With limited supplies of some popular fish, retailers expect to substitute comparable species and rely more heavily on farm-raised products this year.
That is according to an SN poll of retailers about predictions for the category in 1995.
"Basically, in the seafood area, we have seen a tightening of the fresh fish supplies, and that's due to a lot of things," said Judy Gagnon, spokeswoman for Hannaford Bros., Scarborough, Maine, which operates 119 stores. A major part of that tightening stems from the government closing of some New England waters in an effort to allow stocks of cod and other flat fish to replenish, she said .
"We have been looking for affordable alternatives from other sources, including farm-raised products and other products from around the world," she said.
For instance, said Gagnon, with the high price of fresh haddock, the chain is turning to frozen-at-sea haddock. "We can offer that at a much better price," she said.
The seafood buyer at another supermarket chain based in the Northeast added, "It is no secret that the availability of fresh fish is diminishing, and that fact is affecting pricing, which is higher."
Tom Turturro, director of meat, deli and seafood at 12-store Magruder Inc., Rockville, Md., said he also expects sourcing products at good prices will be difficult this year.
"I think the everyday availability of any wild fish is going to be really, really tight. I think farm-raised prices are going to stay in line, and that is what you will see more of."
He said his company will continue to look for new items, and will focus on farm-raised varieties. However, he said, an attempt to offer tilapia, a mild-flavored fish that has grown in popularity in other areas, failed for his stores. "We have tried it and that didn't do well."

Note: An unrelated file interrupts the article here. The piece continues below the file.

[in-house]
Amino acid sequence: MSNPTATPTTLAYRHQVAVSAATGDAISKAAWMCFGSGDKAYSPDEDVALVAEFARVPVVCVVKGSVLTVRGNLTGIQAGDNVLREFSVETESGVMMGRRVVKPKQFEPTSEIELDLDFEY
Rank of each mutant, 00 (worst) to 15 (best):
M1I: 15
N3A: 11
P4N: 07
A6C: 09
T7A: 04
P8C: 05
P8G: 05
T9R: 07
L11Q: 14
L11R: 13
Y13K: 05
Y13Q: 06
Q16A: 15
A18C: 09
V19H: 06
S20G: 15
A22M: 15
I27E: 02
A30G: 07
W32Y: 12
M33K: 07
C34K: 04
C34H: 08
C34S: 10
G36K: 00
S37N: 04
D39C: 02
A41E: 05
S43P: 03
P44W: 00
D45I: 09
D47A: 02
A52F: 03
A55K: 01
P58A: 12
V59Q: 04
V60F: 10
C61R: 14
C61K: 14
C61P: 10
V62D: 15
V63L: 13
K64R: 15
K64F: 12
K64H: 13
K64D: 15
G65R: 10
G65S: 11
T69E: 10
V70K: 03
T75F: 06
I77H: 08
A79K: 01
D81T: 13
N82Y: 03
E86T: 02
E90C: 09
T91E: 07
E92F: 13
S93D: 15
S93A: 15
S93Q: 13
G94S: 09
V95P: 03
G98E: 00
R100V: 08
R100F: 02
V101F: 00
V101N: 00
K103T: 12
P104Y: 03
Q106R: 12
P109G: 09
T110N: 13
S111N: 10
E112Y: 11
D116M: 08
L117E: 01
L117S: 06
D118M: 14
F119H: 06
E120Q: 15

And while shrimp supplies had been tight last year due to foreign crop failures, retailers said there seems to be supplies available now, and prices, while higher, are stabilizing.
"Shrimp prices are still high, but there is some softening," said Turturro, who declined to discuss prices or sales figures.
The buyer for a Southwest supermarket chain, who asked not be named, also said farm-raised product would play a greater role in its product mix, which relies heavily on red snapper and shrimp.
"We haven't had problems sourcing shrimp too much," said the buyer. "Hopefully, we are seeing a little stabilizing of the prices, and we find ourselves able to source some product that gives customers a good value."
Rick Cavanaugh, seafood department manager at Queen Anne Thriftway, Seattle, said he also is seeing less wild fish available.
"Cod is particularly affected," said Cavanaugh, "and the fish that I do see, the size is much smaller, and the fillets are much smaller. They are catching younger fish, the older ones are gone."
On the positive side, he said, "I see more farm-raised product becoming available and more options."
This year he said, his store will emphasize some alternatives, such as tilapia. Also, said Cavanaugh, "I just put in an order for farm-raised sturgeon, which I normally don't buy.
"It is getting to where I have to look further for product, beyond my normal supplier," said Cavanaugh. The price for a medium-sized shrimp was $8.99 a year ago, but is $9.79 now, he said. "So they've gone up almost 10%, but rather than finding a cheaper substitute, I will charge a higher price," Cavanaugh explained.
Despite the challenges of supply and price, Cavanaugh said he is looking forward to his best year ever in 1995.
He said the Queen Anne Thriftway's holiday sales, with emphasis on smoked salmon, mussels, dips and spreads, were up "considerably" from last year. He said the seafood department had higher dollar sales for Christmas than the deli and almost surpassed the meat department. "That is something highly unusual," Cavanaugh said.